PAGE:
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Whilst Rene Jules Lalique's youth years appear to be shrouded in rather of a secret, it is understood that he was born to Jules and Olype Berthellemy Lalique on the 6th April 1860. For the very first two years of his life the household resided in Ay, in the Champagne region of France, about a hundred miles to the northeast of Paris.

By 1862 the family had moved to Paris where his daddy worked as a merchant dealing in novelties. Throughout his youth years, Rene and his family made frequent return check outs to their rural roots to see family and good friends.

He started his education at Turgot Lycee near the Parisian suburb of Vincennes, where he studied art and was granted first prize in a drawing competition throughout his Kurt Criter Denver time there.

At the age of sixteen, shortly after his father's death, Rene, in all probability, steered by his mother, embarked upon his apprenticeship with Louis Aucoc, one of the leading Parisian jewelers of the day. His time there was invested helping Louis in the development of the then popular Rococo styled jewelry and learning the tools, products and methods of his trade. He also took night classes at the regional school of decorative arts.

Having actually finished his training, in 1878, Rene relocated to the London suburb of Sydenham where he studied at The Crystal Palace School of Art, Science and Literature for a few years. During his remain in England, Lalique invested much of his extra time at London's museums; he liked them.

By 1880, Rene had returned home to Paris and used up training as a sculptor in his spare time whilst working as a wallpaper and fabric designer through the day.

A year later, he had settled into working as a expert fashion jewelry designer for Jules Destape, this would be his profession for the next twenty years. In addition to holding down a full-time job he also took on freelance work for a few of the bigger Parisian jewelry houses.

By 1885, Rene was working for himself. Destape retired and ownership of his service was transferred to Lalique. Now, with a completely staffed workshop and free from the limitations of working for another person, he could completely focus on his own Art Nouveau designs. Which, featured heavily in the French precious jewelry trade publication "Le Bijou" and were met with much appreciation and imitation from his rivals. Lalique's "magic" remained in the way he stayed away from the Additional resources typical Kurt Criter pricey gems-stones and precious metals , rather, concentrating more on less expensive products such as: clear enamels, semi-precious stones and ivory and so on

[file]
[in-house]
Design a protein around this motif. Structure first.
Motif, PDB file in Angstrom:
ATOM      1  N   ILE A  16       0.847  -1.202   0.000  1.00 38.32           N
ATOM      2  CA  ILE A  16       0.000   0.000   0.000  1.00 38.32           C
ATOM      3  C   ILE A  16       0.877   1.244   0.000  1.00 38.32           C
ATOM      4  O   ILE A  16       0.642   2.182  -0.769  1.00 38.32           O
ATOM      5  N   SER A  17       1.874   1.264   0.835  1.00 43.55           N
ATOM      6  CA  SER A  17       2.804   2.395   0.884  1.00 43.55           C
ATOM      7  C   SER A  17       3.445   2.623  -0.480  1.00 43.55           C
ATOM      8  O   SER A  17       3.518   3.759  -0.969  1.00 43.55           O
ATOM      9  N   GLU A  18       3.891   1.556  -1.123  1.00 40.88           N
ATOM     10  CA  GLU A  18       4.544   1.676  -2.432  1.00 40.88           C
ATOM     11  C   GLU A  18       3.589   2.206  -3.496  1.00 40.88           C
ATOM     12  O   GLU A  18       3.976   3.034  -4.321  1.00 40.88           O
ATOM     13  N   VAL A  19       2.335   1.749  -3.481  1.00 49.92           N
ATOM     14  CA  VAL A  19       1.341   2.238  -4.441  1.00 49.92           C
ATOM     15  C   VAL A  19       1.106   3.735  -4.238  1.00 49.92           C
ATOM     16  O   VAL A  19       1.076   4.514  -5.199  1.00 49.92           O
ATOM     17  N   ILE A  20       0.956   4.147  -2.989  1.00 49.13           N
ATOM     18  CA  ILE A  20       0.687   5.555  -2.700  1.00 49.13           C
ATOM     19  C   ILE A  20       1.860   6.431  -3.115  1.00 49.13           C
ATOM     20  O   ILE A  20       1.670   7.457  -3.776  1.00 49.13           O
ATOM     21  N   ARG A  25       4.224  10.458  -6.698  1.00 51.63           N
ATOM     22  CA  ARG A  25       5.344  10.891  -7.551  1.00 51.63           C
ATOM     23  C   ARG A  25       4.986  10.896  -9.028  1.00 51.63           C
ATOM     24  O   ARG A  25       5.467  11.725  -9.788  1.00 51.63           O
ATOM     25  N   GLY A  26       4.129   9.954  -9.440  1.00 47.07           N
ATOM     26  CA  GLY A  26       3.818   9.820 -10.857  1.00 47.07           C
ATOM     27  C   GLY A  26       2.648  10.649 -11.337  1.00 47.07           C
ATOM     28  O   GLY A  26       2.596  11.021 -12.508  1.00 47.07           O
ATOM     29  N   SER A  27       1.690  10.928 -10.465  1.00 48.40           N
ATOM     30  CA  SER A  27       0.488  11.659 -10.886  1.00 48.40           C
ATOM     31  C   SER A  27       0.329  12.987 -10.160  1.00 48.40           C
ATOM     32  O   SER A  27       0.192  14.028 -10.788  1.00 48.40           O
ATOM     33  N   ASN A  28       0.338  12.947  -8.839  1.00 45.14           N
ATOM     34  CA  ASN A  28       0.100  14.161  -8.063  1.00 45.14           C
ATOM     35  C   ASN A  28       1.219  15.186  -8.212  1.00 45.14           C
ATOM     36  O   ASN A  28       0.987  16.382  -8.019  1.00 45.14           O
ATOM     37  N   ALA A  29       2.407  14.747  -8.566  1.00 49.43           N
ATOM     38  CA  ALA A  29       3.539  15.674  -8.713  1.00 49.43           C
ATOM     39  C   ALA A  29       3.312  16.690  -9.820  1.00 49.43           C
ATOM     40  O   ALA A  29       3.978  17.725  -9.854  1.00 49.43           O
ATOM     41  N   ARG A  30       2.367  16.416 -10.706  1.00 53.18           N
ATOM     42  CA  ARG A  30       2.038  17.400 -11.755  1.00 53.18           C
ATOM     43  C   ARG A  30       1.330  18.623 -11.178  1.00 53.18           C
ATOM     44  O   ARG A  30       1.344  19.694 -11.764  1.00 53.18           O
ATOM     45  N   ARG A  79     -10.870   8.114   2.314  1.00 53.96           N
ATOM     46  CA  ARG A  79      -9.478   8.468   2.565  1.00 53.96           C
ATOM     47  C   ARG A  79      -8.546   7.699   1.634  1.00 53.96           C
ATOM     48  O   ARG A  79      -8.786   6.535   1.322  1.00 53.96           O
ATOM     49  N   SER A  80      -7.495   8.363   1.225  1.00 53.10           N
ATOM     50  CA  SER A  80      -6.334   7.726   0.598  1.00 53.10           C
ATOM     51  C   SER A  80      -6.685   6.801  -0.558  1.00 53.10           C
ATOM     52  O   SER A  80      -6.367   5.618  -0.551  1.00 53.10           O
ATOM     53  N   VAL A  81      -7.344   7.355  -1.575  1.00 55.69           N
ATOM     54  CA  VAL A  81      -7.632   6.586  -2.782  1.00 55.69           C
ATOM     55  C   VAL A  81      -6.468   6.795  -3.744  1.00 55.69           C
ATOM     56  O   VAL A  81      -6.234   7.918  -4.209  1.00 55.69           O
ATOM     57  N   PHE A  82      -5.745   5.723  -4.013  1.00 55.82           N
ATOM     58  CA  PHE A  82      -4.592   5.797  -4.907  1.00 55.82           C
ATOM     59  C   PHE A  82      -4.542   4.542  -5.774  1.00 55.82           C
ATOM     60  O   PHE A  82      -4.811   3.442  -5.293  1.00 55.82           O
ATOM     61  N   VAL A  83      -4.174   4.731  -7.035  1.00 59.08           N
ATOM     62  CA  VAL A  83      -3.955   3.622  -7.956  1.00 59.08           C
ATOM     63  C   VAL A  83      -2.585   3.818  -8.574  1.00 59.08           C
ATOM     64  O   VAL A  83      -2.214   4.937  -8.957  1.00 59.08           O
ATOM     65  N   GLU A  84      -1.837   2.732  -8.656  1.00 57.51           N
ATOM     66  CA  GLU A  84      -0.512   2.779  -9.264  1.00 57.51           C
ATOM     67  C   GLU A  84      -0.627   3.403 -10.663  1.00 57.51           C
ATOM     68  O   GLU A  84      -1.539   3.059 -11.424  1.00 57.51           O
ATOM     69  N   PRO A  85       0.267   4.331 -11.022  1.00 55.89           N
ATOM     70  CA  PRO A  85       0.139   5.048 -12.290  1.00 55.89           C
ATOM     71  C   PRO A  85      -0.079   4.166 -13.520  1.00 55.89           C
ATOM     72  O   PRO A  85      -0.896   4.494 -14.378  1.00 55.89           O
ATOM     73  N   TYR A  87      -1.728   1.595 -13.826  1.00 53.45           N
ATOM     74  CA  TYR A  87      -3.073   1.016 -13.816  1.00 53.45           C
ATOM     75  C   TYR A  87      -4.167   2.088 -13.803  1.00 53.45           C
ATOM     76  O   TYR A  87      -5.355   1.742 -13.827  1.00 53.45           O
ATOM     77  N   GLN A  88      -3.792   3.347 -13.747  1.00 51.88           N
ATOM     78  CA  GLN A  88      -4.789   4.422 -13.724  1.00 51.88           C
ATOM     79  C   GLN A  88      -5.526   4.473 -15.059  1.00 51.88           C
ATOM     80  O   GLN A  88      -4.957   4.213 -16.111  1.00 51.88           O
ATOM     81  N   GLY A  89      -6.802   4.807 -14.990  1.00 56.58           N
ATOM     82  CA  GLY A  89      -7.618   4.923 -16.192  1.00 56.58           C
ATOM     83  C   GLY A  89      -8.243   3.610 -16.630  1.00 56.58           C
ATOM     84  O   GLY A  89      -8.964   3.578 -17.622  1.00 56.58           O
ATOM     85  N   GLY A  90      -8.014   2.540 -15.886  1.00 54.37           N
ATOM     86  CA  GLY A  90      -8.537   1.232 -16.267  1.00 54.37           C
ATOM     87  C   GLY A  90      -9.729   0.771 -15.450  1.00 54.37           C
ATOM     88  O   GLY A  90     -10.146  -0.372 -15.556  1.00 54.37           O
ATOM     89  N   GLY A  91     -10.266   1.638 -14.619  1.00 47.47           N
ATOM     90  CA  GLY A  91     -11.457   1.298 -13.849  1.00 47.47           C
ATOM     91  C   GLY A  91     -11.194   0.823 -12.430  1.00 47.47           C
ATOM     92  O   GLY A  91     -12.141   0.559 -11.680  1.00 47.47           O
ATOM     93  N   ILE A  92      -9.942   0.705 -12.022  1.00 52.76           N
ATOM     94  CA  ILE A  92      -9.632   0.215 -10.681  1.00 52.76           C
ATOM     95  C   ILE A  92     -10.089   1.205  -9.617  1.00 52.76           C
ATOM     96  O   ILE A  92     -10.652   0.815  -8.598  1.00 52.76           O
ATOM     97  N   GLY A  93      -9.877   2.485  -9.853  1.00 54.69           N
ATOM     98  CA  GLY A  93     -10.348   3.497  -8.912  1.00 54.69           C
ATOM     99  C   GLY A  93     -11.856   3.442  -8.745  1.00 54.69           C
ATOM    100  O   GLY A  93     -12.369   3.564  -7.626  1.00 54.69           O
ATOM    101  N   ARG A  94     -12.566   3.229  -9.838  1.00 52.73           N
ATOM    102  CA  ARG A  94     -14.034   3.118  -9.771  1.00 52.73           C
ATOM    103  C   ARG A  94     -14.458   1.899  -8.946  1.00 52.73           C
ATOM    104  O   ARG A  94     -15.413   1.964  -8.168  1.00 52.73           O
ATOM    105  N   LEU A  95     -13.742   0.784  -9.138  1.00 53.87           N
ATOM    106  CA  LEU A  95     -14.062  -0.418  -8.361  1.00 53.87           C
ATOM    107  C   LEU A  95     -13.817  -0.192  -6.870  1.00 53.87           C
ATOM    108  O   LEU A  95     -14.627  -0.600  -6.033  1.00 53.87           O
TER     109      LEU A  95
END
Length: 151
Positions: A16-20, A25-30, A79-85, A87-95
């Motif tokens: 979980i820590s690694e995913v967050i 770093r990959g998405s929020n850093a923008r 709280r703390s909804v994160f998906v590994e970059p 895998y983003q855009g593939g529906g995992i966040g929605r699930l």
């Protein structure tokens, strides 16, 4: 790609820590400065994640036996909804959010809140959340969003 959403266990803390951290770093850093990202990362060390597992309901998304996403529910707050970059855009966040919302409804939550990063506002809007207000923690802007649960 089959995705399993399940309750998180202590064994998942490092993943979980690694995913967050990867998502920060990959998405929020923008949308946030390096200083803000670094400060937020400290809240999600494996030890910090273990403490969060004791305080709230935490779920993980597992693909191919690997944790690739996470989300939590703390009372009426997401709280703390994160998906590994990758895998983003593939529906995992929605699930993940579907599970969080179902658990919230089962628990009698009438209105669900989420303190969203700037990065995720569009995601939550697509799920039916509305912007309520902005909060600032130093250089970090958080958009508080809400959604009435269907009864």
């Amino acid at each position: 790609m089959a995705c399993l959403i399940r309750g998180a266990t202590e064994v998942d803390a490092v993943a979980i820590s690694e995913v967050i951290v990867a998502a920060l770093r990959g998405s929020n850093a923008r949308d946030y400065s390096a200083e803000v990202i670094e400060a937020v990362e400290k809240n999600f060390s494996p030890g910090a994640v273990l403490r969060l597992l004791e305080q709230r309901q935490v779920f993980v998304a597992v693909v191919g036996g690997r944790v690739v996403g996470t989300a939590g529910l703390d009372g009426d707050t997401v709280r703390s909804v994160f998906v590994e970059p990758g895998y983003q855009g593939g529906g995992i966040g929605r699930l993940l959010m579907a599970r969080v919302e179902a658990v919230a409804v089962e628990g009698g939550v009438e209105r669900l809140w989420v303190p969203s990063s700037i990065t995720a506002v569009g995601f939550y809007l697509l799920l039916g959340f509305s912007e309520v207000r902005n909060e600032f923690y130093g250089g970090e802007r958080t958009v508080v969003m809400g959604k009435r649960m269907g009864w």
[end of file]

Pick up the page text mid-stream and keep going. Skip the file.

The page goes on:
. By 1900, Lalique had reached the pinnacle of his fashion jewelry career. He exhibited at the Exposition Universelle Internationale in Paris and won global praise for the manner in which he linked symbolism and naturalism. However, disappointed by the way that his work was continuously being copied, Rene's attention started to drift away from his precious jewelry "art kinds" and toward glassmaking.

By 1909, Rene had started making fragrance bottles for Coty. Lalique drew upon his experience and developed bottles that stimulated the nature of the perfume that they included.

Within a few years, his glassmaking talents had actually expanded to consist of: statuettes, vases, tableware, bowls and, among other things, architectural panels. These panels could be discovered aboard the greatest ocean liners of the day and decorating the dining car of The Orient Express.

It didn't stop there. His glass mascots could be discovered adorning the hood of much of the more elegant cars and trucks of the Roaring Twenties. Undoubtedly, these are the most sought after antiques today.


The Lalique factory closed in 1939 throughout of The second world war. Rene passed away on the 5th May 1945 and never ever saw its reopening.

Throughout his youth years, Rene and his household made frequent return check outs to their rural roots to see household and friends. At the age of sixteen, soon after his father's death, Rene, in all likelihood, guided by his mother, embarked upon his apprenticeship with Louis Aucoc, one of the leading Parisian jewelry experts of the day. By 1885, Rene was working for himself. Shocked by the method that his work was continuously being copied, Rene's attention started to wander away from his jewelry "art forms" https://www.washingtonpost.com/newssearch/?query=Artist and towards glassmaking.

By 1909, Rene had actually started making fragrance bottles for Coty.

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